Many would argue that this ignores the fact that all of this has happened before. State residents have sued the coal industry for the underground storage of coal slurry, which has been alleged to contaminate the water table.
The slurry is thought to contain MCHM, several heavy metals and several known carcinogens. One such case, involving the residents of Mingo County, resulted in an undisclosed settlement with Massey Energy in regards to an alleged 1.4 billion gallons of dumped coal slurry. Another case involved the residents of Boone County, in which Alpha Natural Resources settled confidentially for its alleged contamination of the local water supply.
For many politicians, there seems to be a “balancing act” between the economic realities of their communities and the need to protect their communities. West Virginia is dependent on its coal industry not only for employment but to balance the state’s budget. This kind of industrial dependency allows politicians to accept mishaps and casualties as a “cost of business.”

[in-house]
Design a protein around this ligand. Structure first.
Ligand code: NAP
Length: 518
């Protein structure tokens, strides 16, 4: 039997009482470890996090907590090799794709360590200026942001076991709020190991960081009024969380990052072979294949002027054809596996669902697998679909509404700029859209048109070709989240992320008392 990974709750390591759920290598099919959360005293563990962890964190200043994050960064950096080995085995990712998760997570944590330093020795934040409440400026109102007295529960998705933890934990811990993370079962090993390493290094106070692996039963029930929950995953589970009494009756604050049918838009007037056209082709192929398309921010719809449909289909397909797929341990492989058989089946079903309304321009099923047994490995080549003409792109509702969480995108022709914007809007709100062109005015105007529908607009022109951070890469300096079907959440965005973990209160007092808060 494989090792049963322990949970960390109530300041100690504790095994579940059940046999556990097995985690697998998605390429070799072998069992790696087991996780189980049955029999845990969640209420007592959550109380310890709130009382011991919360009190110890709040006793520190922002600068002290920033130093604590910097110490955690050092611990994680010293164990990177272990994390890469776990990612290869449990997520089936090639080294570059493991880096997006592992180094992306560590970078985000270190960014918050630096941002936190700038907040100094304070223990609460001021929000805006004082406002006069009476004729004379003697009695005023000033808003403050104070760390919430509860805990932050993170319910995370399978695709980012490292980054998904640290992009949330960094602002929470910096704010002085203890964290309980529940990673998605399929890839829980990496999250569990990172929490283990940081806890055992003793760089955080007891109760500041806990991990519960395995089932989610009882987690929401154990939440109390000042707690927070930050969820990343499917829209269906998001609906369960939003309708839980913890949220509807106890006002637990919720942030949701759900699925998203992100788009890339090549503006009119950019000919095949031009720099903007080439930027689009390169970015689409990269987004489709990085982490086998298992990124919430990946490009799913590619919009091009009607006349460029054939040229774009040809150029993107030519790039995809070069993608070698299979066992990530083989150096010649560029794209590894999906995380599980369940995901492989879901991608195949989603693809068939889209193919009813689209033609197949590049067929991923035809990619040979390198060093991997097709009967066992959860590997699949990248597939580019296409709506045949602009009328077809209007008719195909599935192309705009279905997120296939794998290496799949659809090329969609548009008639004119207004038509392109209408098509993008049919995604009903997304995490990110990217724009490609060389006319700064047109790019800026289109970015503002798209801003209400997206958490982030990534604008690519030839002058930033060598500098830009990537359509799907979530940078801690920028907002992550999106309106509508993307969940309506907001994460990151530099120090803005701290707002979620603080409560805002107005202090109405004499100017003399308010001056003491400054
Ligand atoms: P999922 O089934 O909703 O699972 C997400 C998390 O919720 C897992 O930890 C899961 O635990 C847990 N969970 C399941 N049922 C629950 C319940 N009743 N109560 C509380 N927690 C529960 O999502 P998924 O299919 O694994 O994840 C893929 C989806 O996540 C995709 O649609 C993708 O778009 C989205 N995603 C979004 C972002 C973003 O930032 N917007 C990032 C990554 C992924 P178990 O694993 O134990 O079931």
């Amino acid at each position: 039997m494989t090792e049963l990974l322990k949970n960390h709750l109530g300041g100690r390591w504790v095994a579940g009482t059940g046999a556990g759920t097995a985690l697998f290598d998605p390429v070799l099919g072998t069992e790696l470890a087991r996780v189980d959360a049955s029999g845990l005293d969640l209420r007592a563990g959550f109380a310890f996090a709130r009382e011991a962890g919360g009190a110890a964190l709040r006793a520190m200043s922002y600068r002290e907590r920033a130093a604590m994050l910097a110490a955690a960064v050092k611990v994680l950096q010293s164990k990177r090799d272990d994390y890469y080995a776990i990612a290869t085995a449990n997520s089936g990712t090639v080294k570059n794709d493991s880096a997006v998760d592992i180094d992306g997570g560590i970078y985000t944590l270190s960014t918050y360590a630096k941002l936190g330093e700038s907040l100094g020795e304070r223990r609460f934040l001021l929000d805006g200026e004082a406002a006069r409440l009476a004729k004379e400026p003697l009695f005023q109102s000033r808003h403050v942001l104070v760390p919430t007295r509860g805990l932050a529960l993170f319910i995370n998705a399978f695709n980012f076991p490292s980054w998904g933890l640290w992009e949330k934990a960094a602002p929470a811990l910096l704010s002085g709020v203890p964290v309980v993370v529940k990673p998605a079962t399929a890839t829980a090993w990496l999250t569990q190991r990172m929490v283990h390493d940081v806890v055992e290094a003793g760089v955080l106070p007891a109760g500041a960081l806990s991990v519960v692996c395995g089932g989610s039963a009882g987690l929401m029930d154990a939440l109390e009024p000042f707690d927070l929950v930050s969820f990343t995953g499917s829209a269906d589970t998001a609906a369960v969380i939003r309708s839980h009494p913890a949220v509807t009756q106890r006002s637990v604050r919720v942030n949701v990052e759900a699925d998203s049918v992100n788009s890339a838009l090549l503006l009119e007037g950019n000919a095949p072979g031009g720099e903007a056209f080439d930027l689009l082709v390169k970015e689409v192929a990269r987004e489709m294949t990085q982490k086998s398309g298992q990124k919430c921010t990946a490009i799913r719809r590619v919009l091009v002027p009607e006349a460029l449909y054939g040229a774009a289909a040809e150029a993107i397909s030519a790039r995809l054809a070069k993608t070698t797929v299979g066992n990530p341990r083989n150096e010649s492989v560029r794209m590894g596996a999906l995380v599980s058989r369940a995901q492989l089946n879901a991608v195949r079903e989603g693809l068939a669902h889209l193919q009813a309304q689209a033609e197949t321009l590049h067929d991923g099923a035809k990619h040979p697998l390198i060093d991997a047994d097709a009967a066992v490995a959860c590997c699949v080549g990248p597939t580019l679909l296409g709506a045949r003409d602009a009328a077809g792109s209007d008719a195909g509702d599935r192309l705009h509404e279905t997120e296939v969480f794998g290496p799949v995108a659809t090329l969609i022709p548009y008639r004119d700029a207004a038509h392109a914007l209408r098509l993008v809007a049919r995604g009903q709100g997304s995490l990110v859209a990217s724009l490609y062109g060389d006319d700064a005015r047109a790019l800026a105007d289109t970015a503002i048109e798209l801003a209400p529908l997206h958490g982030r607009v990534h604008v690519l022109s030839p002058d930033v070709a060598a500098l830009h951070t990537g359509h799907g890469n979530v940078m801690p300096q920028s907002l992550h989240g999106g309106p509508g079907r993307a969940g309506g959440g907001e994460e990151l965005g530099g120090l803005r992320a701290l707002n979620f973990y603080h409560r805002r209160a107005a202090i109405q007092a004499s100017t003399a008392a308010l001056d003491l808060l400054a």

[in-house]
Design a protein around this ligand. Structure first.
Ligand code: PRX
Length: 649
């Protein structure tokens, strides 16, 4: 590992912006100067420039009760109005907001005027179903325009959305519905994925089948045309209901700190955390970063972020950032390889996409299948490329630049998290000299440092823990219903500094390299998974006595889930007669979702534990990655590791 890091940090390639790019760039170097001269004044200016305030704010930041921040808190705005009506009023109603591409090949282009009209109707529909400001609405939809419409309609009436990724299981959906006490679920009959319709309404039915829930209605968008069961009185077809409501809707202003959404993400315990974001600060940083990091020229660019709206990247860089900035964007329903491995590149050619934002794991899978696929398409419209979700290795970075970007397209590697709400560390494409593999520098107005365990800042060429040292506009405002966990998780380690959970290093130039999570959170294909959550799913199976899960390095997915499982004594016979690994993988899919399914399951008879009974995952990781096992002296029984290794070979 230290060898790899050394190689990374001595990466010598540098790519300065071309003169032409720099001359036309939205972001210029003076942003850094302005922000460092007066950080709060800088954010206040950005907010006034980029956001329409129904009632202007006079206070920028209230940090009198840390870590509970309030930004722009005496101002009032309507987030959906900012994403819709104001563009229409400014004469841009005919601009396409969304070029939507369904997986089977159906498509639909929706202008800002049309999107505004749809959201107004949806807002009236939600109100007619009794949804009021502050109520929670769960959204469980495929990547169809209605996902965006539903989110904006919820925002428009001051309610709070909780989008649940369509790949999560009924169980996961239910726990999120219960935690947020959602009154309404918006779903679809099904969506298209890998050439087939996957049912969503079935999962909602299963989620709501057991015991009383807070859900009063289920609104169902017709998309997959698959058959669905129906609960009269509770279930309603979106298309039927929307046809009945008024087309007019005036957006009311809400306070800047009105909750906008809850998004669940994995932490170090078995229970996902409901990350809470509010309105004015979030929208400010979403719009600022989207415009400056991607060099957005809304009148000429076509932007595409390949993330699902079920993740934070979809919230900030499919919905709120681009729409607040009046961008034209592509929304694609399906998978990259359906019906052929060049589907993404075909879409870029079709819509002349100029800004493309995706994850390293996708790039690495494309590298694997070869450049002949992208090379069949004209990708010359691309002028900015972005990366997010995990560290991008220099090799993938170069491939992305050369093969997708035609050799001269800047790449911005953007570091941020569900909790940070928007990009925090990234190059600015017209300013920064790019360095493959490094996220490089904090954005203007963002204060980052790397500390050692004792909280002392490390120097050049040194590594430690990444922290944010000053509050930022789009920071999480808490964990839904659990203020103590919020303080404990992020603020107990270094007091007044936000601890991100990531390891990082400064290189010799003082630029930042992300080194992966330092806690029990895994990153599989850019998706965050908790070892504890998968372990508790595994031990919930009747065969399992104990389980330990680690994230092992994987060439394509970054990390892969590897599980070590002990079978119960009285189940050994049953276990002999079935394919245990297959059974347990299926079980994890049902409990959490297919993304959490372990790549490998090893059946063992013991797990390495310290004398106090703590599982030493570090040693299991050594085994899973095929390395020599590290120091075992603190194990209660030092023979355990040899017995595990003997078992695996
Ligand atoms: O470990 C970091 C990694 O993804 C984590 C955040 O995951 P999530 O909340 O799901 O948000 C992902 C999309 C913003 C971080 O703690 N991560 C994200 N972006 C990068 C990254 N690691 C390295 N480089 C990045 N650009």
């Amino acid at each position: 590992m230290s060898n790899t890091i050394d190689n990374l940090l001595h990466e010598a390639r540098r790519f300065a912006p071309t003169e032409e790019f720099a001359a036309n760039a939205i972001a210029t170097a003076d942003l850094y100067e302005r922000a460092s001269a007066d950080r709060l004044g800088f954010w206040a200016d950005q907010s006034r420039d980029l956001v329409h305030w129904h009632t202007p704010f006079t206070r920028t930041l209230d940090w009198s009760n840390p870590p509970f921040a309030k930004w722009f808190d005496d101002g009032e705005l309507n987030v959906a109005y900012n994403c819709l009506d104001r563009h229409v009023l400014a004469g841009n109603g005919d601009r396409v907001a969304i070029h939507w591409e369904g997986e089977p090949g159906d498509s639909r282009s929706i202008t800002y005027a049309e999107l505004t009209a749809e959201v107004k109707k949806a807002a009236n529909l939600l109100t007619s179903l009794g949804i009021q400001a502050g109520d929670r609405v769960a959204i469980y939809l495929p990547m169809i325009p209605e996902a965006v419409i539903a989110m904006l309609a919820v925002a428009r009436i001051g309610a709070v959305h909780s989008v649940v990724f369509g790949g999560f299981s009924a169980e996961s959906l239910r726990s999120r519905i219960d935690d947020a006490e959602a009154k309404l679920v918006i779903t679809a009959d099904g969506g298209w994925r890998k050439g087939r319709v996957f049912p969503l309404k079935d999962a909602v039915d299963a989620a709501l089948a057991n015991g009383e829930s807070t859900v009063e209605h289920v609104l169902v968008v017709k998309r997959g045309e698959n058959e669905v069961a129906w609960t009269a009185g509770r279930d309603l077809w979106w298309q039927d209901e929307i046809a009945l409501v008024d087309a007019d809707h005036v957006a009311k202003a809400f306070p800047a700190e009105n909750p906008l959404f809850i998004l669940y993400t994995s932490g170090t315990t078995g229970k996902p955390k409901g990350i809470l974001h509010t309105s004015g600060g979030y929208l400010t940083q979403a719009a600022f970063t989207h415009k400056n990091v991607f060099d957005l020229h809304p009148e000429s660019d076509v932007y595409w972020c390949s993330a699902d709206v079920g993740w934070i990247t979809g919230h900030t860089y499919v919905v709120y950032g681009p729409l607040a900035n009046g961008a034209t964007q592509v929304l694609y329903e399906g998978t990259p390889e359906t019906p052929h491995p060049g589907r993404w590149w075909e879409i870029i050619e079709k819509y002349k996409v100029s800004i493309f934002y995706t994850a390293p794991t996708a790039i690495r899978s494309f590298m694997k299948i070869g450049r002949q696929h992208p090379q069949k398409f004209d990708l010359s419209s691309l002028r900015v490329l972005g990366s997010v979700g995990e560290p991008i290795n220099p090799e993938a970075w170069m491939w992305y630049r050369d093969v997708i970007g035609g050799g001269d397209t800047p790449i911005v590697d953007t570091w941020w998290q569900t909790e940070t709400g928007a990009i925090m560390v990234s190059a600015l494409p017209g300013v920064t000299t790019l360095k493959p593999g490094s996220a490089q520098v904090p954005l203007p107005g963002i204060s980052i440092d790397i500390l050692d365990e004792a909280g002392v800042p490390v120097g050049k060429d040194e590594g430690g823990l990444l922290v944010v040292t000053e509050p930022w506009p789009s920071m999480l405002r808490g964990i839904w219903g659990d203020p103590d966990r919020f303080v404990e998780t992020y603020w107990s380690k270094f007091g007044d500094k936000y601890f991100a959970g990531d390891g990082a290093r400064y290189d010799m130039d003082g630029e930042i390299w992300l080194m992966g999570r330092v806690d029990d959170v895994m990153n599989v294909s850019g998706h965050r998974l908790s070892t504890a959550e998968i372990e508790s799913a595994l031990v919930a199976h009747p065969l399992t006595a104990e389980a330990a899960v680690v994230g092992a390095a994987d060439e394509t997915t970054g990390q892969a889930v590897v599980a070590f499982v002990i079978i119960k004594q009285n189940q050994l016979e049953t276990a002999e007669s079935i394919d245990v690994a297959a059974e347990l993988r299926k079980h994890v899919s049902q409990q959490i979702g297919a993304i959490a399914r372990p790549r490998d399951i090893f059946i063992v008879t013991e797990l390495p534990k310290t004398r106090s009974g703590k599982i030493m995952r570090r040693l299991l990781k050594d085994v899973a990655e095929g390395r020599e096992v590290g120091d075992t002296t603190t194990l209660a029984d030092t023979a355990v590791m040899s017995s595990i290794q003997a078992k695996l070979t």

However, in the wake of the death of 29 miners in the explosion at Massey Energy’s Upper Big Branch Mine, few feel that public inconvenience will stop “Big Coal” for long.
“I don’t expect an effective reform very soon, because the industry lobbyists will be out in force making sure that nothing interferes with their profits,” said Vernon Haltom, the executive director of Coal River Mountain Watch, an environmental advocacy group based in West Virginia, to MintPress. “Nearly four years after the Upper Big Branch disaster we still don’t have meaningful safety reforms. Same thing here.
“I think there is a rush to push the scandal aside and give the all clear, even when people are still being injured by the ‘safe’ water. I believe that the politicians who created this mess with their ‘we don’t need no stinking government regulators’ mentality want to sweep this under the rug as soon as possible. And they’re very vocal about diverting blame away from their darling coal industry.”